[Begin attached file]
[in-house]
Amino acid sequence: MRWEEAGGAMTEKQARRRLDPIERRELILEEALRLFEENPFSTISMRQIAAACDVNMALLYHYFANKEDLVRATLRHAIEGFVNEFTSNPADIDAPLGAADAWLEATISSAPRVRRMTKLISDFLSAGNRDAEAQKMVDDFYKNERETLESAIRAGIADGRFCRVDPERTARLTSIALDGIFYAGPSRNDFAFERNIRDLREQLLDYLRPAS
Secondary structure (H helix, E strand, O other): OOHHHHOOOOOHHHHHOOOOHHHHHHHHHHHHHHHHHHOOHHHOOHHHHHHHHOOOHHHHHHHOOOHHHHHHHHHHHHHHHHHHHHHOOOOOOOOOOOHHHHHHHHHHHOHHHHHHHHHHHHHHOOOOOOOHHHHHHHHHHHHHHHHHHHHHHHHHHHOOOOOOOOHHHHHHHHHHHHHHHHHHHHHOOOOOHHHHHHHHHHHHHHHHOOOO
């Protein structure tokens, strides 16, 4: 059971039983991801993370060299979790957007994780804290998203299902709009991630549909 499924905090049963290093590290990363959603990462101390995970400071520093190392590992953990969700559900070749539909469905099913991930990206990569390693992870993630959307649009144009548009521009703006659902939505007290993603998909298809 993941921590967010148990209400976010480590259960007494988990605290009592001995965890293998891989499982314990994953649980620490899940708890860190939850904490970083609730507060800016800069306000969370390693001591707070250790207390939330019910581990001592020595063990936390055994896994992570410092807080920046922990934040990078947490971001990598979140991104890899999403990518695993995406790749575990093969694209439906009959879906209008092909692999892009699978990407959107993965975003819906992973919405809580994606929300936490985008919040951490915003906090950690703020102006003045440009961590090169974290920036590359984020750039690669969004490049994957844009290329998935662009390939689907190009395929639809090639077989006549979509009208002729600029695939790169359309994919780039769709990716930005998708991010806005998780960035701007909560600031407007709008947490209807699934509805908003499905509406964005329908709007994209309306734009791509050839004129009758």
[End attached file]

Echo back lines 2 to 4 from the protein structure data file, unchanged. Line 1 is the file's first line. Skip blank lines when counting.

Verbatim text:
Amino acid sequence: MRWEEAGGAMTEKQARRRLDPIERRELILEEALRLFEENPFSTISMRQIAAACDVNMALLYHYFANKEDLVRATLRHAIEGFVNEFTSNPADIDAPLGAADAWLEATISSAPRVRRMTKLISDFLSAGNRDAEAQKMVDDFYKNERETLESAIRAGIADGRFCRVDPERTARLTSIALDGIFYAGPSRNDFAFERNIRDLREQLLDYLRPAS
Secondary structure (H helix, E strand, O other): OOHHHHOOOOOHHHHHOOOOHHHHHHHHHHHHHHHHHHOOHHHOOHHHHHHHHOOOHHHHHHHOOOHHHHHHHHHHHHHHHHHHHHHOOOOOOOOOOOHHHHHHHHHHHOHHHHHHHHHHHHHHOOOOOOOHHHHHHHHHHHHHHHHHHHHHHHHHHHOOOOOOOOHHHHHHHHHHHHHHHHHHHHHOOOOOHHHHHHHHHHHHHHHHOOOO
């Protein structure tokens, strides 16, 4: 059971039983991801993370060299979790957007994780804290998203299902709009991630549909 499924905090049963290093590290990363959603990462101390995970400071520093190392590992953990969700559900070749539909469905099913991930990206990569390693992870993630959307649009144009548009521009703006659902939505007290993603998909298809 993941921590967010148990209400976010480590259960007494988990605290009592001995965890293998891989499982314990994953649980620490899940708890860190939850904490970083609730507060800016800069306000969370390693001591707070250790207390939330019910581990001592020595063990936390055994896994992570410092807080920046922990934040990078947490971001990598979140991104890899999403990518695993995406790749575990093969694209439906009959879906209008092909692999892009699978990407959107993965975003819906992973919405809580994606929300936490985008919040951490915003906090950690703020102006003045440009961590090169974290920036590359984020750039690669969004490049994957844009290329998935662009390939689907190009395929639809090639077989006549979509009208002729600029695939790169359309994919780039769709990716930005998708991010806005998780960035701007909560600031407007709008947490209807699934509805908003499905509406964005329908709007994209309306734009791509050839004129009758």